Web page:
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Size of the U.S. Not for Profit Sector Revealed


Tuesday, 24th January 2012 at 10:26 am
Staff Reporter
A new report in the U.S. reveals the full size of its Not for Profit sector with 10.7 million workers, making up the third largest workforce among U.S. industries, only behind retail trade and manufacturing.

Tuesday, 24th January 2012
at 10:26 am
Staff Reporter


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Size of the U.S. Not for Profit Sector Revealed
Tuesday, 24th January 2012 at 10:26 am

A new report in the U.S. reveals the full size of its Not for Profit sector with 10.7 million workers, making up the third largest workforce among U.S. industries, only behind retail trade and manufacturing.

The findings come from a report presenting previously unavailable data on year-to-year changes in employment in private, NFP establishments in the U.S. from January 2000 through June 2010.

The John Hopkins University research found that while overall Not for Profit employment grew faster than overall business employment during the 2000-2010 decade, in three key fields—social assistance, education, and nursing home care—for-profit employment growth actually outpaced Not for Profits. As a result, NFP organisations operating in these fields lost significant market share to for-profits.

The report, Holding the Fort: Nonprofit Employment during a Decade of Turmoil, is based on data from the Quarterly Census of Employment and Wages, a data-collection program of state governments in cooperation with the U.S. Bureau of Labor Statistics.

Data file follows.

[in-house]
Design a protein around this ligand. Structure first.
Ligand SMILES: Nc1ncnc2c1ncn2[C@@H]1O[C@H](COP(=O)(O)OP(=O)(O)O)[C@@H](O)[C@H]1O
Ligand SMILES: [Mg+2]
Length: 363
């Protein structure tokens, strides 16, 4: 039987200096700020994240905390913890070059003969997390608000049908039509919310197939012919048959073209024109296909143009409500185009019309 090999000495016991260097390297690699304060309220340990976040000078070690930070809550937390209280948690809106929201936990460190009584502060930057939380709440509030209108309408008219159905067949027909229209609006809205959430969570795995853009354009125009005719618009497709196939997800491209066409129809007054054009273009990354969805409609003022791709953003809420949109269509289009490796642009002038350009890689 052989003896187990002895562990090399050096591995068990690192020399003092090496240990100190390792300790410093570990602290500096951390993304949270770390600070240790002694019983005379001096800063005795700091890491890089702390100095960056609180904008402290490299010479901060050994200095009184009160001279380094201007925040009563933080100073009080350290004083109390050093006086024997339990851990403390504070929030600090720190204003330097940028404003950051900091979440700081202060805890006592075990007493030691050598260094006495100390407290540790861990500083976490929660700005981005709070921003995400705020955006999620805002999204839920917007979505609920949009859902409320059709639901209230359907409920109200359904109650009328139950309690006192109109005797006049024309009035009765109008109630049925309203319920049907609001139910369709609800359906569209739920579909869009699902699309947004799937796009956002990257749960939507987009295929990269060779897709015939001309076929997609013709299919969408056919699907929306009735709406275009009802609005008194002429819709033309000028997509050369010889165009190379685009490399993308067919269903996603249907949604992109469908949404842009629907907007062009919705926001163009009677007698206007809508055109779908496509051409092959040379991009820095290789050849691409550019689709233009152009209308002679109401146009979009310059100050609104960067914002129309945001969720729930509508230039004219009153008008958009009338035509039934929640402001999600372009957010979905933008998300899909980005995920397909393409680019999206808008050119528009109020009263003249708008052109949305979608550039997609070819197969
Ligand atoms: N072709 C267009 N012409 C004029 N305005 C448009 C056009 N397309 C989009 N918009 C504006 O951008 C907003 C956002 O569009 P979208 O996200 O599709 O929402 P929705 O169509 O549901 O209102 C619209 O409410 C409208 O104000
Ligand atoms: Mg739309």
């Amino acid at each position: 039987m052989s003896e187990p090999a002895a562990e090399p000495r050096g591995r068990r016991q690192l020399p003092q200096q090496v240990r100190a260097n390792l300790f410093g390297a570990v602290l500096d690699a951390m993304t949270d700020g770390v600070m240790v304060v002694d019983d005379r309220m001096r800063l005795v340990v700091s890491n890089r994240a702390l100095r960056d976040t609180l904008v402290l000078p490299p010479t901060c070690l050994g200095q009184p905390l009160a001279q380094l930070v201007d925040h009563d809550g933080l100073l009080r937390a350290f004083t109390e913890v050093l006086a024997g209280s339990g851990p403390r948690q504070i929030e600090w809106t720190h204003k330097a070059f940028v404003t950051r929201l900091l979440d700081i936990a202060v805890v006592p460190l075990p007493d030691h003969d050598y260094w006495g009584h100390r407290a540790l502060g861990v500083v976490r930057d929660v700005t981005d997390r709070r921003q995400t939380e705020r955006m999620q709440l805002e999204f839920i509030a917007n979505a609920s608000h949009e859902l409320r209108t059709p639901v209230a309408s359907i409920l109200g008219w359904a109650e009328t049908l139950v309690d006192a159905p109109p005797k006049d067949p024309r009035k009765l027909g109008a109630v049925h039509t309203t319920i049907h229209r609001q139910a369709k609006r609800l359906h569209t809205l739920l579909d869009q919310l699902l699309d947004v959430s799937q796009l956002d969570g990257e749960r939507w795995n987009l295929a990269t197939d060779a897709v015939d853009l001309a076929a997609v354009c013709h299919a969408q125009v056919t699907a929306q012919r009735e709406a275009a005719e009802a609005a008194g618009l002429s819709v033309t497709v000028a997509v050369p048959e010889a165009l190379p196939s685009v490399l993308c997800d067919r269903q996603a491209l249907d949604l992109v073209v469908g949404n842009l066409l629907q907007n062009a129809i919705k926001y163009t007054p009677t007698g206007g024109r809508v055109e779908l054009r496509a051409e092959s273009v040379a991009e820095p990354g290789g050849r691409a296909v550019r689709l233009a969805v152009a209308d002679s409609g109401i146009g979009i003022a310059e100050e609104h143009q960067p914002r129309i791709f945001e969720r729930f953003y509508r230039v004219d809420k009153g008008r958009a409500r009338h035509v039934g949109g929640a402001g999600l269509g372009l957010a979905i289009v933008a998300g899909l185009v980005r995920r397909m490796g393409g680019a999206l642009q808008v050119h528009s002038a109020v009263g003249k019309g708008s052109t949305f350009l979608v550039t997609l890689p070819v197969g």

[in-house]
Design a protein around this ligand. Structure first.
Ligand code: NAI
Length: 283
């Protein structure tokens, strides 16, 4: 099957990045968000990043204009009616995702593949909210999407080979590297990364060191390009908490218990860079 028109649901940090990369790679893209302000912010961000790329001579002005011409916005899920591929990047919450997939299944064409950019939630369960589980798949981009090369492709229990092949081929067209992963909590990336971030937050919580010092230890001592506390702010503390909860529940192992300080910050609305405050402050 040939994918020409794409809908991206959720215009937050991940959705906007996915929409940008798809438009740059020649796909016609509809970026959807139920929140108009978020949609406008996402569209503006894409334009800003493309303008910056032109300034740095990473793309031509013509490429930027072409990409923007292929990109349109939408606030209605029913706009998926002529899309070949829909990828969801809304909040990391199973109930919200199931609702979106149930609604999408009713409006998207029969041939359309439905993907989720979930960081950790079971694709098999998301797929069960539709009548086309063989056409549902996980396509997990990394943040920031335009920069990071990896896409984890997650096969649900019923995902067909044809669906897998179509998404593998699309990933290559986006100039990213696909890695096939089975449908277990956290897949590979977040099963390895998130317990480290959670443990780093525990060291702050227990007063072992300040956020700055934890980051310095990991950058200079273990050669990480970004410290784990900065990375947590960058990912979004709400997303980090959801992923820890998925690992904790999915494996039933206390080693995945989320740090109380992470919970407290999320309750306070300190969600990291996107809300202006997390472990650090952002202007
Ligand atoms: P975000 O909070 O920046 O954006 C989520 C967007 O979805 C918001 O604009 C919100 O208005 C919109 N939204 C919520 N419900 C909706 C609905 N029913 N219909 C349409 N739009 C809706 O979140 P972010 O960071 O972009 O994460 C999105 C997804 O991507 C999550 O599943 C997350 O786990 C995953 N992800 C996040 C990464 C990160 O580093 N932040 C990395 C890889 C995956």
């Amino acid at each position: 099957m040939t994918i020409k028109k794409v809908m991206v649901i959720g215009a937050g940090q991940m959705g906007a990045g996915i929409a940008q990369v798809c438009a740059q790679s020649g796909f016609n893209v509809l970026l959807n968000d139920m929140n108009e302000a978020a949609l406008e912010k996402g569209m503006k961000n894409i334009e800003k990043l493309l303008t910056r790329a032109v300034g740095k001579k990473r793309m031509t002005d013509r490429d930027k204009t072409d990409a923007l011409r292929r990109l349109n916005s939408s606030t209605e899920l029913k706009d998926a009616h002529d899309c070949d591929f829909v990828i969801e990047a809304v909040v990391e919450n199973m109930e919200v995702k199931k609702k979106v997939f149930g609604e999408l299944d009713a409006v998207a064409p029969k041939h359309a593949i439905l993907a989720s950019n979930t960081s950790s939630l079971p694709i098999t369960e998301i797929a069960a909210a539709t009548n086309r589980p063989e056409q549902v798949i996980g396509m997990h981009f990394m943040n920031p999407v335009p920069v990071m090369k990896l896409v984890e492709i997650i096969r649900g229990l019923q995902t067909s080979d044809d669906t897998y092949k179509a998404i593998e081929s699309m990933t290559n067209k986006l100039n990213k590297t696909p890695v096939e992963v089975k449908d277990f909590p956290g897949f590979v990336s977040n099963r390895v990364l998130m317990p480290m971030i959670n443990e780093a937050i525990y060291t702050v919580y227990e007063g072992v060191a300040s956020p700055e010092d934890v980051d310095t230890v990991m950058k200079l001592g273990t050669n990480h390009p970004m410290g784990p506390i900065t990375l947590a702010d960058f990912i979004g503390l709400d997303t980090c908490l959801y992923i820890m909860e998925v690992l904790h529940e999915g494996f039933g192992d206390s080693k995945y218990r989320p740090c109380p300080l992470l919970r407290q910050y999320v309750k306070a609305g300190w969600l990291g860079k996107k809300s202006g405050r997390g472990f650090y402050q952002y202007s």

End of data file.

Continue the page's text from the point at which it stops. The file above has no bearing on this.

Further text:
In Australia, by comparison, the most recent figures from 2007 show that Not for Profit organisations make up 8 per cent of the country’s employment with some 889,900 workers (Data from ABS 2006-07 and Productivity Commission 2010).

In 2006/07, the 58,779 Australian NFPs contributed $41 billion to Australia’s GDP (out of a total GDP of $998 billion), equivalent to the contribution of government administration and defence ($40 billion), and almost double that of the agriculture industry ($21 billion)

Other findings from the US report include:

  • The U.S. NFP sector employs 15 times more workers than the nation’s mining industry, nearly 10 times more workers than the agriculture industry, and about twice as many workers as the construction industry.
  • The vast majority of NFP jobs are in three service fields—health care (57 percent), education (15 percent), and social assistance (13 percent).
  • During the 2007-2009 recession, NFP employment grew in 45 of the 46 states on which state-specific data were available, while for-profit employment declined in 45.

The full report, Holding the Fort: Nonprofit Employment during a Decade of Turmoil, which includes charts with state by state data, is available at ccss.jhu.edu.

The Center is part of the Johns Hopkins Institute for Policy Studies, within the Department of Health Policy and Management at the Johns Hopkins Bloomberg School of Public Health.

The report says that defying two recessions, the sector posted a remarkable 10 year record of job growth, achieving an average annual growth rate of 2.1 per cent from 2000 to 2010, while for-profit jobs declined by an average of minus 0.6 per cent per year.

Even during the recession from 2007 to 2009, NFP jobs increased by an average of 1.9 per cent per year. At the same time, businesses averaged jobs losses of 3.7 per cent per year.

“NFP organizations have been holding the fort for much of the rest of the economy over the past decade, creating jobs right through the recent recession and jobs crisis while other components of the economy have been shedding jobs at accelerating rates,” said Lester M. Salamon, study author and director of the Johns Hopkins Center for Civil Society Studies.

“Ironically, with signs of recovery beginning to appear, there are serious questions about whether Not for Profits will be able to sustain this resilient performance in the wake of the impending sharp cuts in government spending,” Salamon added.


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